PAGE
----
“I would like to take this opportunity to say thank you to everyone involved in TwinsUK, and in particular the twins. After all, our twins were giving up stool samples for microbiome science long before it became mainstream.”

Could a glass of red wine improve your gut health?

28th August 2019 – by Paz Garcia

Drinking red wine is linked with an increase in gut bacteria diversity, according to the latest research from TwinsUK.

White wine had a similar although much smaller effect, while researchers found no association between other types of alcohol and gut bacteria variety.

In addition, twins who drank more red wine than their co-twin had more diverse gut bacteria.

Previous research suggests that a more varied community of bacteria in your gut leads to a healthier gut.

First author Dr Caroline Le Roy, from the Department of Twin Research, King’s College London, explained:

“We’ve known for some time that red wine has some health benefits, which likely come from certain molecules called polyphenols.

“Our research shows how red wine is associated with an increase in gut bacteria diversity.

“At this time however we cannot say that drinking red wine directly causes an increase in gut bacteria diversity – we need more research first.”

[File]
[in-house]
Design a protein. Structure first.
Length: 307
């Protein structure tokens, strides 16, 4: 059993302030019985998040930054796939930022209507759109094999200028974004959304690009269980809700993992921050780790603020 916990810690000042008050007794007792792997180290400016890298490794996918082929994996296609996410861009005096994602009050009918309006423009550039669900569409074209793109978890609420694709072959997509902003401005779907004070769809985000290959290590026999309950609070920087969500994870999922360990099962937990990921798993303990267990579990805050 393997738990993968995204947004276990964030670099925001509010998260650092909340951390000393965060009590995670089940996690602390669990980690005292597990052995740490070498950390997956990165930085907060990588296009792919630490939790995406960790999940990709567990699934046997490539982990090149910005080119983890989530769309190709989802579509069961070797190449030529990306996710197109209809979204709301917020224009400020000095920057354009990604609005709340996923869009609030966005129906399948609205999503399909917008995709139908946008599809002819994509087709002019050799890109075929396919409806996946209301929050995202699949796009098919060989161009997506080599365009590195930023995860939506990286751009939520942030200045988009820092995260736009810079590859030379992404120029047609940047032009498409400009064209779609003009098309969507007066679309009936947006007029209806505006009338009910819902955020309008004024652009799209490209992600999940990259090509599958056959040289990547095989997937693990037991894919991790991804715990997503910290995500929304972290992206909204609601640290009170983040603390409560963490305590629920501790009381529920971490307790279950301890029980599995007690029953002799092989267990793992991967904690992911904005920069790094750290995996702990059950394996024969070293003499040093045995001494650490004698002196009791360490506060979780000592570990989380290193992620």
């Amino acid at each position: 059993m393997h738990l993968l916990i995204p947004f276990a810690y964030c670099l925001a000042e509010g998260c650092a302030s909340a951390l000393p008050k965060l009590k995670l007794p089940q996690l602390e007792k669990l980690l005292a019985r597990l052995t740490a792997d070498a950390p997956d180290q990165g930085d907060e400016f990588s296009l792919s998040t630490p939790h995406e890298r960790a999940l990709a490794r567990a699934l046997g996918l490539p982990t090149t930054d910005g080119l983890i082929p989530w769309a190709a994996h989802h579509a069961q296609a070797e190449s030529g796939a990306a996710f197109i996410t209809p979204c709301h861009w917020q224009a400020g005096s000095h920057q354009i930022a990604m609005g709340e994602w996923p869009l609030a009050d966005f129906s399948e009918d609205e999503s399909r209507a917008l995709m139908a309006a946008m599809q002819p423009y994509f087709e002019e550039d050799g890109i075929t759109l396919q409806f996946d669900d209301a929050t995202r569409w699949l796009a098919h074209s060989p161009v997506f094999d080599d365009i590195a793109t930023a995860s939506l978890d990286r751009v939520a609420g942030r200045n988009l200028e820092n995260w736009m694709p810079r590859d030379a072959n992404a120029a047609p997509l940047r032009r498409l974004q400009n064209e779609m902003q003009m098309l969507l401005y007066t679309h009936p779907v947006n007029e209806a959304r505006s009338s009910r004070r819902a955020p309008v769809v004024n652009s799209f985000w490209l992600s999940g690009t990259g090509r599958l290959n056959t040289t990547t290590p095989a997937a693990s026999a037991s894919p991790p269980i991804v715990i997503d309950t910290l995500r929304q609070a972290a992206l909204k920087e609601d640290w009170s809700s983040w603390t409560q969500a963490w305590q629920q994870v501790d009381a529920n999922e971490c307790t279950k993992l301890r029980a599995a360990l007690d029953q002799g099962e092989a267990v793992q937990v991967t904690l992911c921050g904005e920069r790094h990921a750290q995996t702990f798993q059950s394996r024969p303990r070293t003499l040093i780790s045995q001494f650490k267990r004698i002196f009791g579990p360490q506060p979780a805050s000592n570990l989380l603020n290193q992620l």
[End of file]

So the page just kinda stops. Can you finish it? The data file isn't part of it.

What did the researchers do?

The team analysed food and drink questionnaire responses and gut bacteria diversity in 916 female TwinsUK participants. The researchers also looked at a number of other factors such as weight and blood cholesterol levels.

The researchers then checked their results by carrying out a similar analysis on participants in two other studies from The Netherlands and the USA.

What did they find?

Participants who reported drinking red wine had greater levels of gut bacteria diversity than non-red wine drinkers.

The team also found that red wine consumption was linked with lower levels of obesity and “bad” cholesterol, which was in part due to associated changes in gut bacteria communities.

What does this mean?

The researchers believe the main reason for the association is due to the many polyphenols in red wine. Polyphenols are defence chemicals naturally present in many fruits and vegetables. They have beneficial properties and mainly act as a fuel for our microbes.

Professor Tim Spector, senior author on the study, explained:

“Although our results are very consistent, they are only associations and do not imply causation.

“We would need to carry out studies where humans or animals were given red wine in order to test whether red wine – or rather the polyphenols it contains – is causing an increase in gut bacteria diversity and limiting weight gain in turn.”

The researchers stressed that it is still advised to drink alcohol in moderation, although they have a recommendation for your tipple of choice: